Jeans stronger than steel: lightweight kit strong enough to lift a skip
The latest gear from cutting-edge clothing company Saint combines a stretchy and comfortable denim with AA-rated protection, with enough strength to lift a two-tonne skip from just a single layer of fabric. How have they done it? By using some clever tech and a wonder material that’s 15 times stronger than steel.
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"This idea came from our own experience of riding motorbikes, but being uncomfortable off the bike," says Saint founder Aidan Clarke. "We weren’t sure that anyone was asking for single-layer safety denim.
"We spent 18 months on R&D and product evolution before launching our first tough moto offering in late 2015."
To make their denim Saint use a material called Ultra High Molecular Weight Polyethylene (UHMWPE) – a type of thermoplastic polyethylene known as Dyneema. It has a very low coefficient of friction (similar to non-stick PTFE coatings in frying pans) because it is self-lubricating, so doesn’t grab when you go for a slide.
Saint denim quick facts:
It’s also highly resistant to abrasion, which is why it's used in armour, climbing equipment and rigging on space shuttles. Just how strong is it? Weaving Dyneema into denim improves the abrasion resistance of a single-layer motorcycle denim with aramid by 70%. And half the amount of Dyneema is twice as strong as denim with high-tensile nylon on burst/tensile strength.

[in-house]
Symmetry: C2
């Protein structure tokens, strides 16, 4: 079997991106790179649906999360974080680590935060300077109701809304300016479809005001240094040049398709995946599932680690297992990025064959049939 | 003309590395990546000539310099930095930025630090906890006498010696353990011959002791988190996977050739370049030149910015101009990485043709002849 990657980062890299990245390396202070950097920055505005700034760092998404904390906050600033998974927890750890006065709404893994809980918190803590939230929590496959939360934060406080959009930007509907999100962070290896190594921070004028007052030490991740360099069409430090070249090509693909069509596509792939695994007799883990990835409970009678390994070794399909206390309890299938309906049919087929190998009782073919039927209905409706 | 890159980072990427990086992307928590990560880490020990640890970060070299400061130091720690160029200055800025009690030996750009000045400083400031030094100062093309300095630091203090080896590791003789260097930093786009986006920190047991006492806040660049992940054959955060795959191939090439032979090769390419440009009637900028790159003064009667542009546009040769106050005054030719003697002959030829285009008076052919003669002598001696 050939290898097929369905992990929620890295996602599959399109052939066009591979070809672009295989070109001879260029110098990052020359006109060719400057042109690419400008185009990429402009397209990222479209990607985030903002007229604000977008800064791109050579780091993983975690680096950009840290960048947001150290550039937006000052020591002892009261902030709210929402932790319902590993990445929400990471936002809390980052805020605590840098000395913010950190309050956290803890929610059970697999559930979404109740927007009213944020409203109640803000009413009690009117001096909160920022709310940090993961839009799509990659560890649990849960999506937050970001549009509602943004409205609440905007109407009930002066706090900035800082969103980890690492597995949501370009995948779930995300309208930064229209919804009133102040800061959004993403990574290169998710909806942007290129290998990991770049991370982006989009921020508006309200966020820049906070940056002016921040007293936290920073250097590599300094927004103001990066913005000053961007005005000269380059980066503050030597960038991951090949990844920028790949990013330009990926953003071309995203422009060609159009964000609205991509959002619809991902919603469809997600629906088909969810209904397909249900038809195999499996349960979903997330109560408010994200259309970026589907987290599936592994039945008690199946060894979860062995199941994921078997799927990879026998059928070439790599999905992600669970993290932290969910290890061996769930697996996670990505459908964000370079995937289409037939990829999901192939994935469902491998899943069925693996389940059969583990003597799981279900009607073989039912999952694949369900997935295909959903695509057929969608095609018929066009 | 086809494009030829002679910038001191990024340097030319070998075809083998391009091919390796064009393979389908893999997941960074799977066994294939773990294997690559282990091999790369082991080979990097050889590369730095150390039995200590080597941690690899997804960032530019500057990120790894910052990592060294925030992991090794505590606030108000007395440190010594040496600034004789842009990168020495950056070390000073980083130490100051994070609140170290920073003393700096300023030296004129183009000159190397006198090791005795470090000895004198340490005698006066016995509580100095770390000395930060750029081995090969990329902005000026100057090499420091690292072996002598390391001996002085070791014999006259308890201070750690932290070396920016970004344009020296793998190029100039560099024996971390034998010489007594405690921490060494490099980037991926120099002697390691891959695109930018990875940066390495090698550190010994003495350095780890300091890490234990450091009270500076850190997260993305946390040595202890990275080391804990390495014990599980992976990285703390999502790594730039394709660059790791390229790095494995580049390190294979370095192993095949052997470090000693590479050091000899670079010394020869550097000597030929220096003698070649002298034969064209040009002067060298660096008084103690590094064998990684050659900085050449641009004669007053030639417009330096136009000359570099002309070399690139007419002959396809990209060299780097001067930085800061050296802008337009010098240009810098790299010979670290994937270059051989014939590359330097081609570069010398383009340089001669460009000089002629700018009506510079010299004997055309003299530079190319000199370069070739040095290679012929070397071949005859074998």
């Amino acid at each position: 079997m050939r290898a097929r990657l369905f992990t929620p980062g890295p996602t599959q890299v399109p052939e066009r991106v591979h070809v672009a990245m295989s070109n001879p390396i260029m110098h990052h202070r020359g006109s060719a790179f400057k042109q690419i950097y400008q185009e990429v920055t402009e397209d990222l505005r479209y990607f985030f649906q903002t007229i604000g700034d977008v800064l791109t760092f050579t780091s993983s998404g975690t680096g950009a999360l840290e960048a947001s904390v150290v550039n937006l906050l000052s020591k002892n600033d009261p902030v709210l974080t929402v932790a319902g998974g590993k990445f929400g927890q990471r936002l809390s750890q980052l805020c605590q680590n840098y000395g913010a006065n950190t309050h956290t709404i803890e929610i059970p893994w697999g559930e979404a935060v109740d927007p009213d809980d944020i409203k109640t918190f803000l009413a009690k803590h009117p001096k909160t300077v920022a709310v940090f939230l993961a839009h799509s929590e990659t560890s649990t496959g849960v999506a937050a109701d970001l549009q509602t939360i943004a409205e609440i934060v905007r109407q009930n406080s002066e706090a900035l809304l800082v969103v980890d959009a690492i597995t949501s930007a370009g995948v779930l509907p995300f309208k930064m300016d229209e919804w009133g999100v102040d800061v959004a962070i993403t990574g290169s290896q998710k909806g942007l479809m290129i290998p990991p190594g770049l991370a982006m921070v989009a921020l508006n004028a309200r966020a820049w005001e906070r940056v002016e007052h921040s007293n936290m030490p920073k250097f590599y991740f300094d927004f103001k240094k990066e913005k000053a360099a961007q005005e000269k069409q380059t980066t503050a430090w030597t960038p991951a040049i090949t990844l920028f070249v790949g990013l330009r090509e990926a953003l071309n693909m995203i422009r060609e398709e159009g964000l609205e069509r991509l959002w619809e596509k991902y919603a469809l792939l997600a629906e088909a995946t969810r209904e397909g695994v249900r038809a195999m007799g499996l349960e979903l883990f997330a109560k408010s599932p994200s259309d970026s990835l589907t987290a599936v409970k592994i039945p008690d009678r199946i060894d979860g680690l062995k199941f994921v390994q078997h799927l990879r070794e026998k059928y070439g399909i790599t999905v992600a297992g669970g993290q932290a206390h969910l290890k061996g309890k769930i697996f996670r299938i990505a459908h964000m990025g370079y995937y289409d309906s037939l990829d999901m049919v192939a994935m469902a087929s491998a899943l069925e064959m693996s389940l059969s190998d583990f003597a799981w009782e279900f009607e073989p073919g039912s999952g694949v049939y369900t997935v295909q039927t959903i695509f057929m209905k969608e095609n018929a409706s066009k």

"We cast the net wide when we were looking for tough single layer fabric solutions back in 2014," adds Clarke. "Back then the CE testing ultimately looked to replicate sliding on tarmac - the benchmark was a four-second slide time and no-one had been able to achieve a full CE rated single layer denim.
"We embarked on an extensive R&D project with our yarn and mill partners to evolve the weave and structure for a hybrid single layer denim. Two of the major challenges were actually combining cotton and Dyneema yarns without slippage of the weave, and also keeping the Dyneema below the fabric surface, so that we had a fashionable looking denim.
"Ultimately, the way we combine the yarns, and the way we vary tensions using double warp machines, enables us to do it. After many samples and failures, our perseverance enabled us to finally achieve a fabric that achieved four-second slide time and a CE rating."
And does it work? Well we’ve been using a set of their jeans for a couple of months and while we’ve yet to take a trip down the tarmac, they’re certainly top of the pile for comfort. Check back soon for our full review.
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